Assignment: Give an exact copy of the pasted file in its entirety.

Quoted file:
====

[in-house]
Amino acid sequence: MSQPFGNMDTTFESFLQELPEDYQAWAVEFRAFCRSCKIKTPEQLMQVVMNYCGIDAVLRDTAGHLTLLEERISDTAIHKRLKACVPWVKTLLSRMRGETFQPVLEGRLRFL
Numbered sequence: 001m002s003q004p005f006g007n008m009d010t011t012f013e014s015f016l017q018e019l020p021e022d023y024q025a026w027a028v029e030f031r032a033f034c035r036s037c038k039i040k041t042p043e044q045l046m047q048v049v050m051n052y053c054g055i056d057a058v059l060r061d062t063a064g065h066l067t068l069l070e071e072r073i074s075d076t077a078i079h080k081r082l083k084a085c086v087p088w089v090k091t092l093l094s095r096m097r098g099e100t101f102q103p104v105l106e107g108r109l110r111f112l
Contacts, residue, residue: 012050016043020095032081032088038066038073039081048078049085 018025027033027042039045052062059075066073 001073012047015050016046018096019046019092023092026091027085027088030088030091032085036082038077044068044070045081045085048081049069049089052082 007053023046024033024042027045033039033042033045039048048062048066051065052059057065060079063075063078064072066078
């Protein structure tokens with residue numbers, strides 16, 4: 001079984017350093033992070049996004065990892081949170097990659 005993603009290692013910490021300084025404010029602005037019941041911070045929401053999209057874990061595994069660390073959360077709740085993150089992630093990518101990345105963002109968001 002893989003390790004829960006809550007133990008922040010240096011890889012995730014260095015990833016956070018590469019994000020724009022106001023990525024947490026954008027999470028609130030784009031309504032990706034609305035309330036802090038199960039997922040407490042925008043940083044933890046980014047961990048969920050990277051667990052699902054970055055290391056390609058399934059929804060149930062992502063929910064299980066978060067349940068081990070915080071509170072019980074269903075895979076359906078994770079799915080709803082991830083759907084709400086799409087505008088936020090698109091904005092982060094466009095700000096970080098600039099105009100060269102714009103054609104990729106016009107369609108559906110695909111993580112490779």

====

[in-house]
Amino acid sequence: MSQPFGNMDTTFESFLQELPEDYQAWAVEFRAFCRSCKIKTPEQLMQVVMNYCGIDAVLRDTAGHLTLLEERISDTAIHKRLKACVPWVKTLLSRMRGETFQPVLEGRLRFL
Numbered sequence: 001m002s003q004p005f006g007n008m009d010t011t012f013e014s015f016l017q018e019l020p021e022d023y024q025a026w027a028v029e030f031r032a033f034c035r036s037c038k039i040k041t042p043e044q045l046m047q048v049v050m051n052y053c054g055i056d057a058v059l060r061d062t063a064g065h066l067t068l069l070e071e072r073i074s075d076t077a078i079h080k081r082l083k084a085c086v087p088w089v090k091t092l093l094s095r096m097r098g099e100t101f102q103p104v105l106e107g108r109l110r111f112l
Contacts, residue, residue: 012050016043020095032081032088038066038073039081048078049085 018025027033027042039045052062059075066073 001073012047015050016046018096019046019092023092026091027085027088030088030091032085036082038077044068044070045081045085048081049069049089052082 007053023046024033024042027045033039033042033045039048048062048066051065052059057065060079063075063078064072066078
């Protein structure tokens with residue numbers, strides 16, 4: 001079984017350093033992070049996004065990892081949170097990659 005993603009290692013910490021300084025404010029602005037019941041911070045929401053999209057874990061595994069660390073959360077709740085993150089992630093990518101990345105963002109968001 002893989003390790004829960006809550007133990008922040010240096011890889012995730014260095015990833016956070018590469019994000020724009022106001023990525024947490026954008027999470028609130030784009031309504032990706034609305035309330036802090038199960039997922040407490042925008043940083044933890046980014047961990048969920050990277051667990052699902054970055055290391056390609058399934059929804060149930062992502063929910064299980066978060067349940068081990070915080071509170072019980074269903075895979076359906078994770079799915080709803082991830083759907084709400086799409087505008088936020090698109091904005092982060094466009095700000096970080098600039099105009100060269102714009103054609104990729106016009107369609108559906110695909111993580112490779």